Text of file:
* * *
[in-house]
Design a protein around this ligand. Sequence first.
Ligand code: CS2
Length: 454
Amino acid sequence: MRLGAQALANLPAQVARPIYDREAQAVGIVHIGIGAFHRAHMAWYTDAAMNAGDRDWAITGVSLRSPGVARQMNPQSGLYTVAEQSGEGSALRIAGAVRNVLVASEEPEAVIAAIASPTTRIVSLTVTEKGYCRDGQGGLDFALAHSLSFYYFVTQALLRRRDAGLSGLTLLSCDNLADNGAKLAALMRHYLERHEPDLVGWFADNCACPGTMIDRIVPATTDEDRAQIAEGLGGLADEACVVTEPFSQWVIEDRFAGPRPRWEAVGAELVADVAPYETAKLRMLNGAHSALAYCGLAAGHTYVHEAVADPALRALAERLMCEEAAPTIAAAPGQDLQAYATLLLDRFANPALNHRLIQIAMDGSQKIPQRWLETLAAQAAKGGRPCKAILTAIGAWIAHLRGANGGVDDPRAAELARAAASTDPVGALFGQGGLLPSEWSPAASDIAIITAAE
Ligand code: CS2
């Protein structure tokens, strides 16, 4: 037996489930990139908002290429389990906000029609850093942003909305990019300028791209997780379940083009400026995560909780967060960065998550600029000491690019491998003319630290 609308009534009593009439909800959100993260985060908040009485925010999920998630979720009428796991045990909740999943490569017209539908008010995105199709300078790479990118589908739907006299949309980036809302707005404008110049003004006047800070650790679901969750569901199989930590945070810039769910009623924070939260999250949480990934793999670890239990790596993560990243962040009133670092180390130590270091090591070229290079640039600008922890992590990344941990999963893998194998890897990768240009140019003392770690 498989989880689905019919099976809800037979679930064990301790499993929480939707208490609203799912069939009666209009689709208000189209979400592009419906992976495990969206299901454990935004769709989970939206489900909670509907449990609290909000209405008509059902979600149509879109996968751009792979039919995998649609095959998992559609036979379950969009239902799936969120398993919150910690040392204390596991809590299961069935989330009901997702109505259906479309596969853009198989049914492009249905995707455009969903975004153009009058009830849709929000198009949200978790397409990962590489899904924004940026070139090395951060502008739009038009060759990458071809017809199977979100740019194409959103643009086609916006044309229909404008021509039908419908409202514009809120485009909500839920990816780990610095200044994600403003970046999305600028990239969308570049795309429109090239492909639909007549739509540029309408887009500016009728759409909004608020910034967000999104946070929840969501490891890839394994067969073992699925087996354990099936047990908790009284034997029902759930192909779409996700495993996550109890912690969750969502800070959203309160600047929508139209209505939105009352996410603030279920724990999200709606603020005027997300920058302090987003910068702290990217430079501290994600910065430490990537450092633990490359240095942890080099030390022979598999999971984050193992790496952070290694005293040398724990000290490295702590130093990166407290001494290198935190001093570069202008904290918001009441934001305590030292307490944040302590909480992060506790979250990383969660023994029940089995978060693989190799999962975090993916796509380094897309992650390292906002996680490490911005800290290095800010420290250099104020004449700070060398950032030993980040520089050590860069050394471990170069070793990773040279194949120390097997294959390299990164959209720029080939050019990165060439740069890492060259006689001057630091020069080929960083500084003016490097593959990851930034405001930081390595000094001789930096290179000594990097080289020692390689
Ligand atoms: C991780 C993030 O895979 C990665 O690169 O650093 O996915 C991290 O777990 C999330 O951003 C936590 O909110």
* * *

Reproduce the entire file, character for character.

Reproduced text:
[in-house]
Design a protein around this ligand. Sequence first.
Ligand code: CS2
Length: 454
Amino acid sequence: MRLGAQALANLPAQVARPIYDREAQAVGIVHIGIGAFHRAHMAWYTDAAMNAGDRDWAITGVSLRSPGVARQMNPQSGLYTVAEQSGEGSALRIAGAVRNVLVASEEPEAVIAAIASPTTRIVSLTVTEKGYCRDGQGGLDFALAHSLSFYYFVTQALLRRRDAGLSGLTLLSCDNLADNGAKLAALMRHYLERHEPDLVGWFADNCACPGTMIDRIVPATTDEDRAQIAEGLGGLADEACVVTEPFSQWVIEDRFAGPRPRWEAVGAELVADVAPYETAKLRMLNGAHSALAYCGLAAGHTYVHEAVADPALRALAERLMCEEAAPTIAAAPGQDLQAYATLLLDRFANPALNHRLIQIAMDGSQKIPQRWLETLAAQAAKGGRPCKAILTAIGAWIAHLRGANGGVDDPRAAELARAAASTDPVGALFGQGGLLPSEWSPAASDIAIITAAE
Ligand code: CS2
């Protein structure tokens, strides 16, 4: 037996489930990139908002290429389990906000029609850093942003909305990019300028791209997780379940083009400026995560909780967060960065998550600029000491690019491998003319630290 609308009534009593009439909800959100993260985060908040009485925010999920998630979720009428796991045990909740999943490569017209539908008010995105199709300078790479990118589908739907006299949309980036809302707005404008110049003004006047800070650790679901969750569901199989930590945070810039769910009623924070939260999250949480990934793999670890239990790596993560990243962040009133670092180390130590270091090591070229290079640039600008922890992590990344941990999963893998194998890897990768240009140019003392770690 498989989880689905019919099976809800037979679930064990301790499993929480939707208490609203799912069939009666209009689709208000189209979400592009419906992976495990969206299901454990935004769709989970939206489900909670509907449990609290909000209405008509059902979600149509879109996968751009792979039919995998649609095959998992559609036979379950969009239902799936969120398993919150910690040392204390596991809590299961069935989330009901997702109505259906479309596969853009198989049914492009249905995707455009969903975004153009009058009830849709929000198009949200978790397409990962590489899904924004940026070139090395951060502008739009038009060759990458071809017809199977979100740019194409959103643009086609916006044309229909404008021509039908419908409202514009809120485009909500839920990816780990610095200044994600403003970046999305600028990239969308570049795309429109090239492909639909007549739509540029309408887009500016009728759409909004608020910034967000999104946070929840969501490891890839394994067969073992699925087996354990099936047990908790009284034997029902759930192909779409996700495993996550109890912690969750969502800070959203309160600047929508139209209505939105009352996410603030279920724990999200709606603020005027997300920058302090987003910068702290990217430079501290994600910065430490990537450092633990490359240095942890080099030390022979598999999971984050193992790496952070290694005293040398724990000290490295702590130093990166407290001494290198935190001093570069202008904290918001009441934001305590030292307490944040302590909480992060506790979250990383969660023994029940089995978060693989190799999962975090993916796509380094897309992650390292906002996680490490911005800290290095800010420290250099104020004449700070060398950032030993980040520089050590860069050394471990170069070793990773040279194949120390097997294959390299990164959209720029080939050019990165060439740069890492060259006689001057630091020069080929960083500084003016490097593959990851930034405001930081390595000094001789930096290179000594990097080289020692390689
Ligand atoms: C991780 C993030 O895979 C990665 O690169 O650093 O996915 C991290 O777990 C999330 O951003 C936590 O909110």